Once you’ve grown accustomed to the movement, go as fast as you can for 20 seconds, then rest for 10 seconds, then repeat. Perform a total of eight rounds.

High Intensity Toe Taps

4. Staggered Pushups

The great thing about a soccer ball is that it can add instability to traditional exercises, enabling you to improve your balance and coordination. This is because as you use the ball to perform standard exercises, such as a pushup, the ball rolls around and the small stabilizing muscle groups must engage to keep it steady.

Pushups help strengthen the upper body and core, and a staggered pushup on a soccer ball will help engage the stabilizing muscles of the shoulder while requiring greater core activation. Kneel on the ground behind the soccer ball, placing one hand directly on top of the soccer ball and one hand on the ground. Lean forward so your shoulders are positioned directly above your palms.

At this point, you can decide whether to do the pushup with your knees on the ground, or with your legs extended. If you plan to do a knee pushup, walk your knees backward until your hips are extended and your body forms a straight line from knees to head. If you plan to do a full pushup, step your feet behind you and balance on the balls of your feet, extending your body so you form a straight line from heels to head.

From this position, tighten your core and bend your elbows, lowering your chest toward the ground. When you’ve gone as far as you comfortably can (aim to touch your chest to the soccer ball), reverse the movement and push yourself back to the starting position. Roll the ball to the opposite hand and repeat the exercise, this time balancing your other palm on top of the soccer ball. Perform two sets of 8 to 10 repetitions.

5. Unstable Plank

The unstable plank can be performed in one of two ways: You either balance both hands on top of the soccer ball, requiring greater stability of the shoulders, or you balance both feet on top of the soccer ball, requiring greater stability of the hips. Either way, the traditional core-strengthening plank exercise is taken up a notch.

A standard plank is performed when you balance on your forearms and the balls of your feet, your body fully extended and straight, your elbows directly below your shoulders. This position is held for a period of time, usually 30 seconds or longer, as you tighten your core and keep your body steady.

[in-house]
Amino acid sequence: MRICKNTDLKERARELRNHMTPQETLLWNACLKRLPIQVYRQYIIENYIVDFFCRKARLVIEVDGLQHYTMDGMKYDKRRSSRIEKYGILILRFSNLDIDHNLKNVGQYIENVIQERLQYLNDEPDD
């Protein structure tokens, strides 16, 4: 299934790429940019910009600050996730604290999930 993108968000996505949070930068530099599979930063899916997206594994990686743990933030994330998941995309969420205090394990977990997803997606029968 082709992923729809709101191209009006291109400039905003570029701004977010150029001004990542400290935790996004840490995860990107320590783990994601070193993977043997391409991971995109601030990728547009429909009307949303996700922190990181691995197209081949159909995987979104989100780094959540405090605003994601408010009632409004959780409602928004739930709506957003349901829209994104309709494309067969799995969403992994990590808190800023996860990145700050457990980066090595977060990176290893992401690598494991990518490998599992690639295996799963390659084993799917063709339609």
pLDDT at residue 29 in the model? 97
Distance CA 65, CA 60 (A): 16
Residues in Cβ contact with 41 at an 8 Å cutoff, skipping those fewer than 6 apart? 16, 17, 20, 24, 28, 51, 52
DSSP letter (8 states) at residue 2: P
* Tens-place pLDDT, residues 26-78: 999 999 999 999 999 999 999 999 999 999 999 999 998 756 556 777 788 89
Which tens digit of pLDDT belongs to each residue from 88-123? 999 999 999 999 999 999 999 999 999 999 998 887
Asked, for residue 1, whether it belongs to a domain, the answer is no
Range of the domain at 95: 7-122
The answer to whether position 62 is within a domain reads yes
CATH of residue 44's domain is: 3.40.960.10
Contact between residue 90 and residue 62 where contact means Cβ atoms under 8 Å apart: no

An unstable plank is performed exactly the same way, but with the addition of greater instability and more difficulty. If you choose to balance your feet on the soccer ball, position the ball in between your feet and get into a plank position. When you’re ready, move one foot on top of the soccer ball, steady your balance, and then move the other foot on top of the ball. Hold the position as long as you can while keeping your torso completely straight.

If you choose to balance your hands on the soccer ball, position the ball between your hands and get into a plank position, this time balancing on your palms instead of your forearms. When you’re ready, move one palm on top of the soccer ball, steady your balance, and then move the other hand on top of the ball directly next to your first hand, so that your thumbs touch and your fingers wrap around the ball on either side. Hold the position for as long as you can while keeping your torso straight.

Final Word

With the warmup dribble, the overhead squat, toe taps, staggered pushup, and unstable plank, you can substantially challenge your entire body from head to toe. Cycle through these exercises several times for a full-body workout, or get creative and come up with other ways to exercise with a soccer ball. It’s amazing what you can do with a tool that only costs $20 – or even less if you pick one up from a garage sale or second-hand sporting goods store.

Do you exercise at home? What tools do you use to keep your workout effective, but inexpensive?

Laura Williams
Laura Williams holds a master's degree in exercise and sport science and enjoys breaking up her day by running her dogs, hitting the gym, and watching TV. Having been in charge of her own finances since the early age of 12, she knows how to save and when to spend, and she loves sharing these tips with others. Laura ditched her career as a fitness center manager for the relative freedom of home-based writing and editing work. She stays busy by working on her own website, GirlsGoneSporty, a website designed to help the sporty woman live the sporty life.